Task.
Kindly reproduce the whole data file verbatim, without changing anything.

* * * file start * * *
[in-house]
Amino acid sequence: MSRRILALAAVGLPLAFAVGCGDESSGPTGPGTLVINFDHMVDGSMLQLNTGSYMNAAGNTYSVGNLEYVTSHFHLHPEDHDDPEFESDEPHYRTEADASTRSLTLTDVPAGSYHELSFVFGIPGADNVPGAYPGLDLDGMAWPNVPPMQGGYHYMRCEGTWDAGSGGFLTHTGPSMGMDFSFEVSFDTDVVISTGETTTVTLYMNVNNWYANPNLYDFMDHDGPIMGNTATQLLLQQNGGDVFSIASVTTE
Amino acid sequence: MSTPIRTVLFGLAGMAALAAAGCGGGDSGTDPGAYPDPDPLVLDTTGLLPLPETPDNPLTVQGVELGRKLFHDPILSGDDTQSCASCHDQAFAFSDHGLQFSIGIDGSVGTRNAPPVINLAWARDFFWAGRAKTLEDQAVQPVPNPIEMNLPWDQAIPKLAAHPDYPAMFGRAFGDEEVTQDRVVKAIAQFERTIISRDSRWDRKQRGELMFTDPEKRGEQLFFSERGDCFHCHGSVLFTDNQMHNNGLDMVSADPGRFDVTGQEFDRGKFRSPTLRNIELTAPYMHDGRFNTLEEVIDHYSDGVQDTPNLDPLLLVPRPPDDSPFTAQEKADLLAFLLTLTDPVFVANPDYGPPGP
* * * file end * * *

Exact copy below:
[in-house]
Amino acid sequence: MSRRILALAAVGLPLAFAVGCGDESSGPTGPGTLVINFDHMVDGSMLQLNTGSYMNAAGNTYSVGNLEYVTSHFHLHPEDHDDPEFESDEPHYRTEADASTRSLTLTDVPAGSYHELSFVFGIPGADNVPGAYPGLDLDGMAWPNVPPMQGGYHYMRCEGTWDAGSGGFLTHTGPSMGMDFSFEVSFDTDVVISTGETTTVTLYMNVNNWYANPNLYDFMDHDGPIMGNTATQLLLQQNGGDVFSIASVTTE
Amino acid sequence: MSTPIRTVLFGLAGMAALAAAGCGGGDSGTDPGAYPDPDPLVLDTTGLLPLPETPDNPLTVQGVELGRKLFHDPILSGDDTQSCASCHDQAFAFSDHGLQFSIGIDGSVGTRNAPPVINLAWARDFFWAGRAKTLEDQAVQPVPNPIEMNLPWDQAIPKLAAHPDYPAMFGRAFGDEEVTQDRVVKAIAQFERTIISRDSRWDRKQRGELMFTDPEKRGEQLFFSERGDCFHCHGSVLFTDNQMHNNGLDMVSADPGRFDVTGQEFDRGKFRSPTLRNIELTAPYMHDGRFNTLEEVIDHYSDGVQDTPNLDPLLLVPRPPDDSPFTAQEKADLLAFLLTLTDPVFVANPDYGPPGP